Petrella v. Metro-Goldwyn-Mayer, Inc.

Summarized by:

  • Court: U.S. Supreme Court Certiorari Granted
  • Area(s) of Law: Copyright
  • Date Filed: October 1, 2013
  • Case #: 12-1315
  • Judge(s)/Court Below: Court Below: 695 F.3d 946 (9th Cir. 2012)
  • Full Text Opinion

Whether the nonstatutory defense of laches is available without restriction to bar all remedies for civil copyright claims filed within the three-year statute of limitations prescribed by Congress, 17 U.S.C. § 507(b).

In 1991, Petitioner renewed the copyright to a screenplay. Respondent continued to market the film and Petitioner sued for copyright infringement in 2009. The three-year limitations period barred Petitioner from recovering damages for acts of infringement before 2006, but did not bar recovery of damages and injunctive relief for acts of infringement that occurred post-2006. The district court granted summary judgment for Respondent holding that the nonstatutory defense of laches entirely barred Petitioner's suit. The Ninth Circuit affirmed, based on binding circuit precedent, and denied rehearing en banc.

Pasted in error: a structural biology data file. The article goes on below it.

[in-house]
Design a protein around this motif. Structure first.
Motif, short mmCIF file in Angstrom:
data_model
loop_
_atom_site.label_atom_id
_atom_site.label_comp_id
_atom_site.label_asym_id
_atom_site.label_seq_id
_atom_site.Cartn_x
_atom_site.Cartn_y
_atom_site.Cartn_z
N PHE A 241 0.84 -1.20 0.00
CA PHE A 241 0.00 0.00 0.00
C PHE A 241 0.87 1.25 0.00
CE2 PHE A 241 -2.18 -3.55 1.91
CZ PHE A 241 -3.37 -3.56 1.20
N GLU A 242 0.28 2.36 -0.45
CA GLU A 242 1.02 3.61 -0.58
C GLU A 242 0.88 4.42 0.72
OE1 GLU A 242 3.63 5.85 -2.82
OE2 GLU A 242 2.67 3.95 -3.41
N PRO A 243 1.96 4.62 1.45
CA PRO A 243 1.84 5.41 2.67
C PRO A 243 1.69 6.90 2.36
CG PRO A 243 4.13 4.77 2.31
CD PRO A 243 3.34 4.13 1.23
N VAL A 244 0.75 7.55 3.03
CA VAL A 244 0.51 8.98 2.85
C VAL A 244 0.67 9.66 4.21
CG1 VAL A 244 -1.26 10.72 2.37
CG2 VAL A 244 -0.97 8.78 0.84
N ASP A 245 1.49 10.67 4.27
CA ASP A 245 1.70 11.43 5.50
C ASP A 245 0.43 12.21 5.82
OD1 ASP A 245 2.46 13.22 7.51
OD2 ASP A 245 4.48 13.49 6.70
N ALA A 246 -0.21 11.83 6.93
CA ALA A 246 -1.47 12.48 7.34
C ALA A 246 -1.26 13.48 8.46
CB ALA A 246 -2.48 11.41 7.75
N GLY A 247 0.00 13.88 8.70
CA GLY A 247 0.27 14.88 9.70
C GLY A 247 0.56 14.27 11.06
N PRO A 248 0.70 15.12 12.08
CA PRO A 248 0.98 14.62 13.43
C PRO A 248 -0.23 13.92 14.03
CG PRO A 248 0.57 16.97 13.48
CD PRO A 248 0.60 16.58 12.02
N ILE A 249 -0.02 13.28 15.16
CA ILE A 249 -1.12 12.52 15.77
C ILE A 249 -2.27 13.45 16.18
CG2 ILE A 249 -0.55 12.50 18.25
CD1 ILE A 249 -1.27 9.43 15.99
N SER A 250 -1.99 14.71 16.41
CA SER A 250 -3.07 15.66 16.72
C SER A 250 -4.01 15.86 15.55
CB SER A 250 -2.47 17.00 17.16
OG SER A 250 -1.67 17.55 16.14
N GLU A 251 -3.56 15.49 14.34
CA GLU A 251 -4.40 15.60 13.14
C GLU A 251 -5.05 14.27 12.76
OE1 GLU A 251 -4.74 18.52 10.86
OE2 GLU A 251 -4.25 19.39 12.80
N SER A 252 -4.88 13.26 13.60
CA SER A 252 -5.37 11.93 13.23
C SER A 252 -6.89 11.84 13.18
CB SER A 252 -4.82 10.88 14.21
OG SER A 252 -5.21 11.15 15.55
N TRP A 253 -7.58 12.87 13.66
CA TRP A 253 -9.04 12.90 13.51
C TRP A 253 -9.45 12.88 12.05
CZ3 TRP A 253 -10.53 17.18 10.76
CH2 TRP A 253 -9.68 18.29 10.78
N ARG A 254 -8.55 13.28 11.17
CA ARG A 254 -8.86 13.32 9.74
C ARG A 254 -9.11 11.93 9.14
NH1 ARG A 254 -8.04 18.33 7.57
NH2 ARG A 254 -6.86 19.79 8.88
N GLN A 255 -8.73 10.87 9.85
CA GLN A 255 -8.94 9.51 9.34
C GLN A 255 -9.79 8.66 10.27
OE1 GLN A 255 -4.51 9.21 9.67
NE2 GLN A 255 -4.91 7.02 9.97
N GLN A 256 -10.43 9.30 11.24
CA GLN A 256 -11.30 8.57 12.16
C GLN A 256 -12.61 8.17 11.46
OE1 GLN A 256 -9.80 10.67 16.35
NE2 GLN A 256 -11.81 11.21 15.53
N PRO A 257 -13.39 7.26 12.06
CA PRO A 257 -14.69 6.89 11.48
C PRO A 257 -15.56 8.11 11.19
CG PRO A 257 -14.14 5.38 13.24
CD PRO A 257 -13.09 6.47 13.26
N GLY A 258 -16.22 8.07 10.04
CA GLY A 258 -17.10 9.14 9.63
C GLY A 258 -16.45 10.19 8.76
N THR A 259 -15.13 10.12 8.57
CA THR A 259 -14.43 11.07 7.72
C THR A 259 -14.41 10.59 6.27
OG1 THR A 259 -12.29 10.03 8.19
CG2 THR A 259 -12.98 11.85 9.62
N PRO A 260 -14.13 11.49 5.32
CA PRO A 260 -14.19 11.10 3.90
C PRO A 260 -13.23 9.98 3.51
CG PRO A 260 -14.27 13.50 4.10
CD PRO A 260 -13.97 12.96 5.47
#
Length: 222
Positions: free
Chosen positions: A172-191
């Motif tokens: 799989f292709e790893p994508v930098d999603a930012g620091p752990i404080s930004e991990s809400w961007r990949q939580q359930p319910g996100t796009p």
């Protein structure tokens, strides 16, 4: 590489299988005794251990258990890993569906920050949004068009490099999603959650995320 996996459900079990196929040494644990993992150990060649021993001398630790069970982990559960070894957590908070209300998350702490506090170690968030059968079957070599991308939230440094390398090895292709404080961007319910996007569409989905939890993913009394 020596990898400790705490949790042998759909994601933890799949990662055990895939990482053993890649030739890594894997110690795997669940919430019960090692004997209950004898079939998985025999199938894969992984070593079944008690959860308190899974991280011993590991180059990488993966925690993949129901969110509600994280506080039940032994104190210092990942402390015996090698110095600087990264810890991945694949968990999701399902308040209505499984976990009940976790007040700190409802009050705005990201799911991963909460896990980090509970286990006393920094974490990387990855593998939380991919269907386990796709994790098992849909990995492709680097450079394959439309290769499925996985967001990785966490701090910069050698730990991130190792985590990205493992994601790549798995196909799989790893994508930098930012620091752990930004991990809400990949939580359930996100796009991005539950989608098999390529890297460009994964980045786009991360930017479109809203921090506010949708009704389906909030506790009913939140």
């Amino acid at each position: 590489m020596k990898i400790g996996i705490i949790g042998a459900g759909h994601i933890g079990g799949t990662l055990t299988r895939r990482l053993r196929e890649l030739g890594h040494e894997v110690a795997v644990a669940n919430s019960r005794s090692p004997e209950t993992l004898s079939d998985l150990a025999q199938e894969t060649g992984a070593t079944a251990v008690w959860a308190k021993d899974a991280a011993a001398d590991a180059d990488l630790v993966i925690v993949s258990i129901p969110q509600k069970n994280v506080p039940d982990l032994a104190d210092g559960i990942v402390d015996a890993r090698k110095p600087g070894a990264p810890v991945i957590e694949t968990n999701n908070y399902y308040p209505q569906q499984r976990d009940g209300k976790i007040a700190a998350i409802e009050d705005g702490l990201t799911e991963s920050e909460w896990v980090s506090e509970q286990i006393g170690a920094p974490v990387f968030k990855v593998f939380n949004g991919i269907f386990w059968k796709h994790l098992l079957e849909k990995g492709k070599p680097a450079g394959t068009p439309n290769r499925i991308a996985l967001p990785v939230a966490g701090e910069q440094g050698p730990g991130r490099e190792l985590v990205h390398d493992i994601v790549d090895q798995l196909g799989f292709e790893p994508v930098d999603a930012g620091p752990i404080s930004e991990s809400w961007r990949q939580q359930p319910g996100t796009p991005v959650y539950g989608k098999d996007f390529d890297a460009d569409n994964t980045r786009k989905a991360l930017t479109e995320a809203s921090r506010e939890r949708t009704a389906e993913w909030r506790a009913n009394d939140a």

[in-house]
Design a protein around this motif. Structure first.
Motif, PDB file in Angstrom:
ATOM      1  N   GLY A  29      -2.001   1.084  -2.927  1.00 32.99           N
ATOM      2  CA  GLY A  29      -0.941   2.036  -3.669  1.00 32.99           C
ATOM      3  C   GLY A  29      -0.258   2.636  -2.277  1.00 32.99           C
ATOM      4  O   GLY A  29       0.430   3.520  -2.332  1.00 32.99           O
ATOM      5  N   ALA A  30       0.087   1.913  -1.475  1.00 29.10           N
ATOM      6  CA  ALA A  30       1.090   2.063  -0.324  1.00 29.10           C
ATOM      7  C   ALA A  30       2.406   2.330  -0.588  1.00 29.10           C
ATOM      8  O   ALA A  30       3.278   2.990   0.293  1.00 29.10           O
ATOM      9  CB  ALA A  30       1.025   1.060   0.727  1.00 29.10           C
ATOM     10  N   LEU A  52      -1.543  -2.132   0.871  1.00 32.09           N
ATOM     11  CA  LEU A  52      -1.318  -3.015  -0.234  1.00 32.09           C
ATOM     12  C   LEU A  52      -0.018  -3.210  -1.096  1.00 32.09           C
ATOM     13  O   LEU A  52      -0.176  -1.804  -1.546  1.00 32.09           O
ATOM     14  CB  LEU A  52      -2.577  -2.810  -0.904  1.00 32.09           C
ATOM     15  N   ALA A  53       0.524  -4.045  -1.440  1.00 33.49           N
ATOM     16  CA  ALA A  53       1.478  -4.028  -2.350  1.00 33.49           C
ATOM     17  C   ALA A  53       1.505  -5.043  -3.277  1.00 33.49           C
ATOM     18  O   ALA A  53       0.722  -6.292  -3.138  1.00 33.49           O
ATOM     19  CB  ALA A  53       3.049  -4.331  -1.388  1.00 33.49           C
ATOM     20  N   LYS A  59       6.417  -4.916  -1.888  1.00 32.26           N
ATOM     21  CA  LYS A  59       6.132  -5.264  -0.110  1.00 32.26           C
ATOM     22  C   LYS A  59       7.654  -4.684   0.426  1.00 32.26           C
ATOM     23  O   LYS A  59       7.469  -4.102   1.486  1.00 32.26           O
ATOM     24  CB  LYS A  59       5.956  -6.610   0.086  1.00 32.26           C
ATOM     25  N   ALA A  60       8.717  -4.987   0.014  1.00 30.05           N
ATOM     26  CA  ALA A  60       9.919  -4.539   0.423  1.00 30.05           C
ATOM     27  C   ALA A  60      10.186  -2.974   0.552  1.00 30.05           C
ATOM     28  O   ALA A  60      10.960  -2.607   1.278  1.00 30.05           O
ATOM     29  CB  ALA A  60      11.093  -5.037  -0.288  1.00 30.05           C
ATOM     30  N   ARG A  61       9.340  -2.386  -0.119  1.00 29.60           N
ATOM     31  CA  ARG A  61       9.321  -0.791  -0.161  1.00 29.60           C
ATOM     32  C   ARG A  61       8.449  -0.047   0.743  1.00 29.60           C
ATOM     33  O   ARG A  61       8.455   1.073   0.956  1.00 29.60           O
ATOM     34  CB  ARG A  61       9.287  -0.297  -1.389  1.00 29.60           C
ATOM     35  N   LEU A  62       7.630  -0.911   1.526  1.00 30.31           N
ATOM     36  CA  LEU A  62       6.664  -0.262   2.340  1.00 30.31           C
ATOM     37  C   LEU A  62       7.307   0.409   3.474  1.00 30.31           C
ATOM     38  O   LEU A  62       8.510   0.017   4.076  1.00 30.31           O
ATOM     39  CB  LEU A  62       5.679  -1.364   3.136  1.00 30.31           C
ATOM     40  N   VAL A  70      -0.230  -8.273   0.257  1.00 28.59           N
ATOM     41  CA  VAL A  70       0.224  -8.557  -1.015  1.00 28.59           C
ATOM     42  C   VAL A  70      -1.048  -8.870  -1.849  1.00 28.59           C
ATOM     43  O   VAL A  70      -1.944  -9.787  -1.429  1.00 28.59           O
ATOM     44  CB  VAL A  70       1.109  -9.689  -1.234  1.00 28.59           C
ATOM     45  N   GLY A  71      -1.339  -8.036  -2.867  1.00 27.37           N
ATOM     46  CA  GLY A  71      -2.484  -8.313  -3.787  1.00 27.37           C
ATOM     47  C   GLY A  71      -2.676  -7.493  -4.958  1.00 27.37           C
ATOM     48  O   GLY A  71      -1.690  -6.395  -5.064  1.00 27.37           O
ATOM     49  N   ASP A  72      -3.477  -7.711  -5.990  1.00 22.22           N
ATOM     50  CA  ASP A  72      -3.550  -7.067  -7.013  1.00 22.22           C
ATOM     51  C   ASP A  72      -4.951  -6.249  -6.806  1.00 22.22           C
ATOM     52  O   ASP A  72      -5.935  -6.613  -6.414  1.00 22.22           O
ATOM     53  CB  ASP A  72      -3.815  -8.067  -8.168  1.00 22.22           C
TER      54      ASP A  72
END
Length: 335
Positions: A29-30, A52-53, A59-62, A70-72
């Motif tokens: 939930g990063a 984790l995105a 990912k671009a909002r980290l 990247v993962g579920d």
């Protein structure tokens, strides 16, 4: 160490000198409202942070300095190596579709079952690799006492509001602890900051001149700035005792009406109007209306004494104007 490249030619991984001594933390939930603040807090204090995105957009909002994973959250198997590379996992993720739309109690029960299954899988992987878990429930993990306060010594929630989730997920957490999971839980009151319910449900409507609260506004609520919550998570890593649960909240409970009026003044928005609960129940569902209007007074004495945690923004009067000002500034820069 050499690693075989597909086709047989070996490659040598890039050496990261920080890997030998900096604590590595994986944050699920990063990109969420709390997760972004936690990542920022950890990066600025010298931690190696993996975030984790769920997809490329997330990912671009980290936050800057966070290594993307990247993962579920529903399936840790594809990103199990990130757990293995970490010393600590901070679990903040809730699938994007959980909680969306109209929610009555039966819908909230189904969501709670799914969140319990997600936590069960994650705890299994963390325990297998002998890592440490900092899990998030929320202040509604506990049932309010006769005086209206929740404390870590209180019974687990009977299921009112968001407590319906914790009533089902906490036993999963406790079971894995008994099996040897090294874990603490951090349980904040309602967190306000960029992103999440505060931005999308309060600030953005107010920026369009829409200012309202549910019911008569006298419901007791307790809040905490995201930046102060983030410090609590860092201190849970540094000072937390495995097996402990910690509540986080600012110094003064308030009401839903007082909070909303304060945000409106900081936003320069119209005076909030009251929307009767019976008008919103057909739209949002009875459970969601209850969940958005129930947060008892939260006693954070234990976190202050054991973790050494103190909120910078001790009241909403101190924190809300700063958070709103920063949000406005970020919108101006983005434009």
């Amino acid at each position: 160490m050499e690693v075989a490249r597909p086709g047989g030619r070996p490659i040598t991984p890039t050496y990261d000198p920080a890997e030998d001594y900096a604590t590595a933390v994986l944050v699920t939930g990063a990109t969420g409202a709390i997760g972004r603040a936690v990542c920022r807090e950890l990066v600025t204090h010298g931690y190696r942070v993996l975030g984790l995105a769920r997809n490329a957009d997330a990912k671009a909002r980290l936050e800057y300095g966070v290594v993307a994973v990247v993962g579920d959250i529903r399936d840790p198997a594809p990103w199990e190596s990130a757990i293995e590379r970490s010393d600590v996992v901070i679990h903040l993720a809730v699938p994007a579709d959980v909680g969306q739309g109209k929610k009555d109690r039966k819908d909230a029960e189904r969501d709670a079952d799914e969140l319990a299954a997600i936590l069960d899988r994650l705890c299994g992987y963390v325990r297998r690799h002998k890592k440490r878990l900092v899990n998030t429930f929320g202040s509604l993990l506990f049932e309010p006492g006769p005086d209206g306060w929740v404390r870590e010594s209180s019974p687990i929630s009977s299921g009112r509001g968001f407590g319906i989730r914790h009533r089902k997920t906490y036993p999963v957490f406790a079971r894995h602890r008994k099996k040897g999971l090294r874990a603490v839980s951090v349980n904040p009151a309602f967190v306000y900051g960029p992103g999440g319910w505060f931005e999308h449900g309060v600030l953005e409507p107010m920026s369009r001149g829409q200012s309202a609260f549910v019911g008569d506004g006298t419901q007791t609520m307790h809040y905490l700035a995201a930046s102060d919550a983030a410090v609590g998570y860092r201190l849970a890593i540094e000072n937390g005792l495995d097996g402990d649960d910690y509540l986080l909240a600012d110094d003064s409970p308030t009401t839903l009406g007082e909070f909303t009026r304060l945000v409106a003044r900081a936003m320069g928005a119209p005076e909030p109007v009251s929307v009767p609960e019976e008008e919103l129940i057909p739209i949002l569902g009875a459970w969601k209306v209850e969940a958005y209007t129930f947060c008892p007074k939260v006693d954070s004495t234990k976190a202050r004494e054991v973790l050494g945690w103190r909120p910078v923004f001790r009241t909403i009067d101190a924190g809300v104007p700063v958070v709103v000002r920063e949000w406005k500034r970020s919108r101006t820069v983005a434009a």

The Federal Courts of Appeals are divided over whether the defense of laches can bar civil copyright claims brought within the statute of limitations, and in what circumstances an equitable solution can be applied. Only the Ninth Circuit applies laches without restriction, and in fact presumes it in some cases. The circuit split threatens to breed forum shopping by making particular remedies available in some circuits but not in others. The Supreme Court granted certiorari to decide whether the nonstatutory defense of laches is available without restriction to bar all remedies for civil copyright claims filed within the three-year statute of limitations prescribed by Congress, 17 U.S.C. § 507(b).

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